"Jake's played very well for long time here," Lilja said. "He's very consistent. I know from my own experience that's tough to do. Everybody was saying last year when we lost Tarik that it was going to be impossible to protect the quarterback. Tony's come in and surprised a lot of people. I think that with the job the talent evaluators do in the front office, and (offensive line coach) Howard (Mudd) and (offensive quality control coach/assistant offensive line coach) Pete (Metzelaars) – they find the right guys for the system.

"You look at how they've drafted since they've been here and look at who they've drafted. Jake's a perfect example of that. You draft a guy, he becomes successful and you're penalized by the system. You have to do it all over again. This staff is great at that. I'm sure they're working as we speak on finding somebody who's going to come in and won't miss a beat."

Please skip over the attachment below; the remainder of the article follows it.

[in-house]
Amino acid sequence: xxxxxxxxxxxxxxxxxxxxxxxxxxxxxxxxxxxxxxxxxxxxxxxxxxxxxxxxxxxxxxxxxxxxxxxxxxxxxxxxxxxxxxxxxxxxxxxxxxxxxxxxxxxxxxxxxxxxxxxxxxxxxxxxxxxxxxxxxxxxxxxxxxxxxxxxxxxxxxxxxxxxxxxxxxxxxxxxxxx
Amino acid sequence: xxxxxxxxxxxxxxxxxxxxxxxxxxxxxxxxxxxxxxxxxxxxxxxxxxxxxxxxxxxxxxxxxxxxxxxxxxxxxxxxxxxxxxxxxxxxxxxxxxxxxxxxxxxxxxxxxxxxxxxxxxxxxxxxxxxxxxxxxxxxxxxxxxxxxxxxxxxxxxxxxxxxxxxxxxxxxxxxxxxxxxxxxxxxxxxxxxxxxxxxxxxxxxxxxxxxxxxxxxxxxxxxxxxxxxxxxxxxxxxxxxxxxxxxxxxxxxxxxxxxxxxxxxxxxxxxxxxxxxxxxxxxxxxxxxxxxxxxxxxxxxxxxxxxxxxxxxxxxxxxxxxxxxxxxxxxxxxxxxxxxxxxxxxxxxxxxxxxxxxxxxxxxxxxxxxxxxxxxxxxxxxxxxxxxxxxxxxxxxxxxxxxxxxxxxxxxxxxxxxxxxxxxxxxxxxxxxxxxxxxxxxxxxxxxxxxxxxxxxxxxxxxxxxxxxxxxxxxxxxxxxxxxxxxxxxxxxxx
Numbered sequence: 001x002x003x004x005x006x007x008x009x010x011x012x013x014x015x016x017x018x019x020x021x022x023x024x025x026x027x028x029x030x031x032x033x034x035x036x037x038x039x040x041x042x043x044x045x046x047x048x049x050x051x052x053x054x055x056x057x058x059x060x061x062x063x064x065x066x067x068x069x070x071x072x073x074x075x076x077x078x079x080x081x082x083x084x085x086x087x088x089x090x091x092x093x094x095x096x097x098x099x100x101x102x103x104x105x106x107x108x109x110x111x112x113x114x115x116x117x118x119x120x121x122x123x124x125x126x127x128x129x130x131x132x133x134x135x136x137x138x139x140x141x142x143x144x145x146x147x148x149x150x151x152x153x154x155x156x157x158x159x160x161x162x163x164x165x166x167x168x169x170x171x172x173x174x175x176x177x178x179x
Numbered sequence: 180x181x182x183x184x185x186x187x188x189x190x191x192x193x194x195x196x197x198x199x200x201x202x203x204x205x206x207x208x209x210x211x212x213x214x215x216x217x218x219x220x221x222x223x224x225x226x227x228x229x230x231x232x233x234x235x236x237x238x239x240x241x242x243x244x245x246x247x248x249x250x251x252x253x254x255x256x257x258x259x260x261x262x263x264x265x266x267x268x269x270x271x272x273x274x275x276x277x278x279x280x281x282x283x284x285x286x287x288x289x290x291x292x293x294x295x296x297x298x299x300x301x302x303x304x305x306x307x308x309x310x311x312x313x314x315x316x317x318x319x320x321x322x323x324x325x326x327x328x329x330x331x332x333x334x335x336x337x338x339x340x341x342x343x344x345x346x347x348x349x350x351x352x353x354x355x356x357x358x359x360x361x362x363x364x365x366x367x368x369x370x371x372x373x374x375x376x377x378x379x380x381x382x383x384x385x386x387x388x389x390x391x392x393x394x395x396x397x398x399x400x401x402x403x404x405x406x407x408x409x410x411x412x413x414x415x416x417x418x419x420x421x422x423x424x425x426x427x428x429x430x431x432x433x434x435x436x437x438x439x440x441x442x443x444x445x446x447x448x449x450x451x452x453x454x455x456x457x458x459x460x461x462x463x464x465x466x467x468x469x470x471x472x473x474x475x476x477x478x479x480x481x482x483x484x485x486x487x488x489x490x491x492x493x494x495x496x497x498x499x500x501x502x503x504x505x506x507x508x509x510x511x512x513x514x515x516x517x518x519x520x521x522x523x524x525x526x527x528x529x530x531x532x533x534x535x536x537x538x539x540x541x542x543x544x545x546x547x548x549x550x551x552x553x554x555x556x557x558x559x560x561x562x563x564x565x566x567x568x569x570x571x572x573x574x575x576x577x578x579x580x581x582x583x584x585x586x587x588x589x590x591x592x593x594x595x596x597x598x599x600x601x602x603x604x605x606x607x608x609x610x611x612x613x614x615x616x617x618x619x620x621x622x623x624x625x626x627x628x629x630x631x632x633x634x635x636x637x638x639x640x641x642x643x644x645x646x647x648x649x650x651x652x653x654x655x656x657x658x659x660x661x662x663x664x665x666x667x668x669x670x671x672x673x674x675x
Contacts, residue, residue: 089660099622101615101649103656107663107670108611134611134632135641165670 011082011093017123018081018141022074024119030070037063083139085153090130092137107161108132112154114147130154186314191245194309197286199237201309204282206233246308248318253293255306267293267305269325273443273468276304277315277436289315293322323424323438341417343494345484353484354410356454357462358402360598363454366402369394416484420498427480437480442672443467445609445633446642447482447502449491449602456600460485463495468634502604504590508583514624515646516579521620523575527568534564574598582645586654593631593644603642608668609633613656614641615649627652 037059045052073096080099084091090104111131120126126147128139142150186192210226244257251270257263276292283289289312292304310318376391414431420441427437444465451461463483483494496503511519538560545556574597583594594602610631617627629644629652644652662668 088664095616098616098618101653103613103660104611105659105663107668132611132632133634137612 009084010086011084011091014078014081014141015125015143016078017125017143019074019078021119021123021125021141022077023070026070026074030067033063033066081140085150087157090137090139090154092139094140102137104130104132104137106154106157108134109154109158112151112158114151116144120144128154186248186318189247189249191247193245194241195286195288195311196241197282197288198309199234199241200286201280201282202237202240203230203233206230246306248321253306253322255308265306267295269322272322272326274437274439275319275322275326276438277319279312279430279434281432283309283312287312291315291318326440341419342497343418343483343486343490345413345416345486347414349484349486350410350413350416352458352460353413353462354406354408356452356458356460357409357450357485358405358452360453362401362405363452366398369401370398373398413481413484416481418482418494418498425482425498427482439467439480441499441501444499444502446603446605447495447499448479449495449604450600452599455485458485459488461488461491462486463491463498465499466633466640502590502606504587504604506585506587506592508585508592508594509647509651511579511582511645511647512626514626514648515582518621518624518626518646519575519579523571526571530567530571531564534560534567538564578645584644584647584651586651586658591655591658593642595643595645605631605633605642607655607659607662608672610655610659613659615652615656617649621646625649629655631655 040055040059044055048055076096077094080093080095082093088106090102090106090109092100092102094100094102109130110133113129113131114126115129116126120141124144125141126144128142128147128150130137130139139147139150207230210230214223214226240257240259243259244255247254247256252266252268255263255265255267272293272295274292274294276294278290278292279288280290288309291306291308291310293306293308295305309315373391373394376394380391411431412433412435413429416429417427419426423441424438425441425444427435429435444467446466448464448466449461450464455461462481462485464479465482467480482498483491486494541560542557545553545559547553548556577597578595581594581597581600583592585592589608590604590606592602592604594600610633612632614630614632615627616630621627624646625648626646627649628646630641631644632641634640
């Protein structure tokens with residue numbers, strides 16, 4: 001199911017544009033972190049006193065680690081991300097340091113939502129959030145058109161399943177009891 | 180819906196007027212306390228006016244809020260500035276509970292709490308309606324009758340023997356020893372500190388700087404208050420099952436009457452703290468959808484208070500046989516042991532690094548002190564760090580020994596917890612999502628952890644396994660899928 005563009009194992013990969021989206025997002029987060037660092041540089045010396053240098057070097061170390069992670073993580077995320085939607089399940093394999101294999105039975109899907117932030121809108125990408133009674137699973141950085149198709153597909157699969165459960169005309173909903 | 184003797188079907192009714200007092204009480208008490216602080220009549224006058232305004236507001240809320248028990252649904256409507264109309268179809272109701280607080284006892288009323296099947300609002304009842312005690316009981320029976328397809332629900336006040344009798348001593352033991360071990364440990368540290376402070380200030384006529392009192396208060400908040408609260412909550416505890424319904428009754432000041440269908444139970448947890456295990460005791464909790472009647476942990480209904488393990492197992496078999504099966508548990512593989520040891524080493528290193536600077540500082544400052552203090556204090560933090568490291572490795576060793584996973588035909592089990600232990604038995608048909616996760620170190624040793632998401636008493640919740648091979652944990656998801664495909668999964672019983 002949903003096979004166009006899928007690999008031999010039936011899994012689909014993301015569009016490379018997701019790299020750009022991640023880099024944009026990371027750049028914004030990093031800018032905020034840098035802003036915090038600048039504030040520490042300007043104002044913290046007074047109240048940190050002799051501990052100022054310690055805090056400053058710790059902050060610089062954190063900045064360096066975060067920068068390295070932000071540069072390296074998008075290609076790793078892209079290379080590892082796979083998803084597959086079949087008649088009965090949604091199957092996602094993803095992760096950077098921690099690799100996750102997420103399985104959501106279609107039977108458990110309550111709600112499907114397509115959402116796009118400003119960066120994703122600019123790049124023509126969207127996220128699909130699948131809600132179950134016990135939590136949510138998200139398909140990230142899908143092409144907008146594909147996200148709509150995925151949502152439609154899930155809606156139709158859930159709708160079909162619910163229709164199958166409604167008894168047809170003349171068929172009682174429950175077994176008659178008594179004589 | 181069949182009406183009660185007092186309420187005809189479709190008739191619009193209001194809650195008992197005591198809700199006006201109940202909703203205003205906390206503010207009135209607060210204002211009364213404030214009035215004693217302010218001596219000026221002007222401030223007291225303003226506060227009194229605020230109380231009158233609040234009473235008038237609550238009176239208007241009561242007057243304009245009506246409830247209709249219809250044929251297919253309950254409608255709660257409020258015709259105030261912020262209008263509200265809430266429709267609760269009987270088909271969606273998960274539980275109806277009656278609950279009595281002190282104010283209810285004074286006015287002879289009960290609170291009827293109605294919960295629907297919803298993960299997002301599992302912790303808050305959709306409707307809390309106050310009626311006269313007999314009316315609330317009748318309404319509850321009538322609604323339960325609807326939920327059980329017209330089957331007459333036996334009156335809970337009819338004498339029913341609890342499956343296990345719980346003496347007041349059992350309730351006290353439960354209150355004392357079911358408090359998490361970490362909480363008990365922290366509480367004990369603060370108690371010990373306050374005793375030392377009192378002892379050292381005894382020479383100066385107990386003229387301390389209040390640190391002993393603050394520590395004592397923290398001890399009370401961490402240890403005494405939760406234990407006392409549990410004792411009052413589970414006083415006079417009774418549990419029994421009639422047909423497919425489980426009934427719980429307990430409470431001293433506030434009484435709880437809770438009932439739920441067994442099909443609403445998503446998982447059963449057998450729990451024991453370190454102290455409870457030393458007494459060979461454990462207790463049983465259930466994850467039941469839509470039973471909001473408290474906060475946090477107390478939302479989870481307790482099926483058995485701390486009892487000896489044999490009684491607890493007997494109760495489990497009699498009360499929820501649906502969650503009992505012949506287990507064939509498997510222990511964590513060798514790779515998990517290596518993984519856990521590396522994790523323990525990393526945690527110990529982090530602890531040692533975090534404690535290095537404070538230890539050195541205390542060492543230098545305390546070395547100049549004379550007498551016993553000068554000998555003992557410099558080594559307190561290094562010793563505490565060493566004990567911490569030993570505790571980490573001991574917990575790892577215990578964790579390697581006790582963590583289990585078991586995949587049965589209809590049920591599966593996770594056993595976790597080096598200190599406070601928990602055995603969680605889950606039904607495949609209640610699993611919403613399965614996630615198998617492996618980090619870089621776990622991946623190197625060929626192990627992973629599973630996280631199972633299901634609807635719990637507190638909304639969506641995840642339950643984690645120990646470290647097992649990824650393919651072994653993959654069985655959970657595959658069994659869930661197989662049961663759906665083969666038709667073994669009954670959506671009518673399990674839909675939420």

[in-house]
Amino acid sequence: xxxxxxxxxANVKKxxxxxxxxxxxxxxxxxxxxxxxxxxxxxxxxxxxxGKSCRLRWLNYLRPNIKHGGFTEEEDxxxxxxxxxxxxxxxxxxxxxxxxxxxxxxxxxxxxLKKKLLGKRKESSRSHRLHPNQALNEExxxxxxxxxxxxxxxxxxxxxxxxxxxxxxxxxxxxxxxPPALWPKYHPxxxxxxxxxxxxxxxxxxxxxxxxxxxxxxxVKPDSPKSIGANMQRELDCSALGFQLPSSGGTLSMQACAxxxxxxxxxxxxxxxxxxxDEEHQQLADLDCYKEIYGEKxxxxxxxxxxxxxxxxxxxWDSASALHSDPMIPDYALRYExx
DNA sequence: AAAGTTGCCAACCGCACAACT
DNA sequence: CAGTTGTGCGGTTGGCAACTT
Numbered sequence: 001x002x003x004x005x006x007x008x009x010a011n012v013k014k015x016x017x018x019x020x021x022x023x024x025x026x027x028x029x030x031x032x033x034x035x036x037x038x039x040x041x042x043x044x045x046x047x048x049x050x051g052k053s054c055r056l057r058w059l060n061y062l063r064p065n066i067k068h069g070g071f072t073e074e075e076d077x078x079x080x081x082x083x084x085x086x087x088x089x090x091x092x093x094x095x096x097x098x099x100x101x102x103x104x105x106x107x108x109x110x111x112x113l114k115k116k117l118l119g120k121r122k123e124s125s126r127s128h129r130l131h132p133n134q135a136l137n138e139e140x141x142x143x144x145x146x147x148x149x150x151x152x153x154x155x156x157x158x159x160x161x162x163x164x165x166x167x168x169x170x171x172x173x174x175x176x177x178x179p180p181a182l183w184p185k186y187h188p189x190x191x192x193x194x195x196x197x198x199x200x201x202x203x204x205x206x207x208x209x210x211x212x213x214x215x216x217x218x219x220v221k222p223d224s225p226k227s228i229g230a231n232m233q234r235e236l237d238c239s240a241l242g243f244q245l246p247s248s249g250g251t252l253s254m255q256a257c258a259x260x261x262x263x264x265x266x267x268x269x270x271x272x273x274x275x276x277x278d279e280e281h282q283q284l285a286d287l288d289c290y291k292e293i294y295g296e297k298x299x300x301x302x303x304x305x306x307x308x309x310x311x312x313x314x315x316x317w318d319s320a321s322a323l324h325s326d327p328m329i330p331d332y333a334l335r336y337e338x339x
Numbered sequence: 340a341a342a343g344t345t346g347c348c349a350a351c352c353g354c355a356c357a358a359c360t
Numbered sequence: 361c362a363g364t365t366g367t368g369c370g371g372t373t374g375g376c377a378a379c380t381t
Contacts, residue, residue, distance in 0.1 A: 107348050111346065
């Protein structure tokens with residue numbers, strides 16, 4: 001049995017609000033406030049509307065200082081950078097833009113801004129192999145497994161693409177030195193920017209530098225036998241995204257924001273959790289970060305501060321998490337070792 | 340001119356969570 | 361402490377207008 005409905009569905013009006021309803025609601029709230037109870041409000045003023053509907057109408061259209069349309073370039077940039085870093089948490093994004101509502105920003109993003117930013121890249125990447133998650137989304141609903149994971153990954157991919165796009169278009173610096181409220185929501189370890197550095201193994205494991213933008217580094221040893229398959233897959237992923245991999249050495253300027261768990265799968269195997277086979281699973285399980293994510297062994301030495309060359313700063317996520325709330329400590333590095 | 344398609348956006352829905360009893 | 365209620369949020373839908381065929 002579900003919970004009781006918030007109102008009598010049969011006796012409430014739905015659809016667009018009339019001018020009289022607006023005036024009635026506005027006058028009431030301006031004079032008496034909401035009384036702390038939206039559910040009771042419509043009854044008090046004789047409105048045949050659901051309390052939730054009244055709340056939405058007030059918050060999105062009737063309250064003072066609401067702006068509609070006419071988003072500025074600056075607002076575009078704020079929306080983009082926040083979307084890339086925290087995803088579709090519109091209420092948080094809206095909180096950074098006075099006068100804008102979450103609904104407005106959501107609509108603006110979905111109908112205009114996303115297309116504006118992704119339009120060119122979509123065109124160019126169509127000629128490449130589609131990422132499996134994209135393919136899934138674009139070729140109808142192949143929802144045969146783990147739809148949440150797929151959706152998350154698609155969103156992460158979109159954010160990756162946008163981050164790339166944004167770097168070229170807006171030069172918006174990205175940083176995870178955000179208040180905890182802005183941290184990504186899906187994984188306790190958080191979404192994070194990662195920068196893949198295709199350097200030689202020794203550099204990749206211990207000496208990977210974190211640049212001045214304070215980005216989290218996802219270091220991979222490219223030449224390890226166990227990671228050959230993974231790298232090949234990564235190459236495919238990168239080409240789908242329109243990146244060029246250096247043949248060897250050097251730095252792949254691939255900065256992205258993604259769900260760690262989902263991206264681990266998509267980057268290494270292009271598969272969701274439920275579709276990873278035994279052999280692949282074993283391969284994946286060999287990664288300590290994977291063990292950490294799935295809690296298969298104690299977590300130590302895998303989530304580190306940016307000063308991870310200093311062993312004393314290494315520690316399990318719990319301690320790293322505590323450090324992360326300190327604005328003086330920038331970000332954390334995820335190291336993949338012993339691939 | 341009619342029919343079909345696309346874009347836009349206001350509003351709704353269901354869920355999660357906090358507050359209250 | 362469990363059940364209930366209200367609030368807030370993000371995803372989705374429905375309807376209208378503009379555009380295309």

That person, Lilja said, won't have necessarily have to be a "prototype" NFL offensive guard, something that he said made him a good fit four years ago and something he said makes him happy he remained where he wanted to be.

"The first day they told me, 'Listen: look around,''' Lilja said. "'Look at (defensive end) Dwight Freeney. Look at (defensive end) Robert Mathis, (middle linebacker Gary) Brackett. Look at these guys: Jeff Saturday. We don't care. If you're athletic, if you're smart, if you're quick, if you can play the game, if you're tough, you'll have an opportunity here.' I love that, because there's so much of a mold that you're expected to fit around the league with different teams.

"This organization has never cared about that. You look at what it's done. They want football players. They don't care what you look like and what your numbers are as much. I respect that."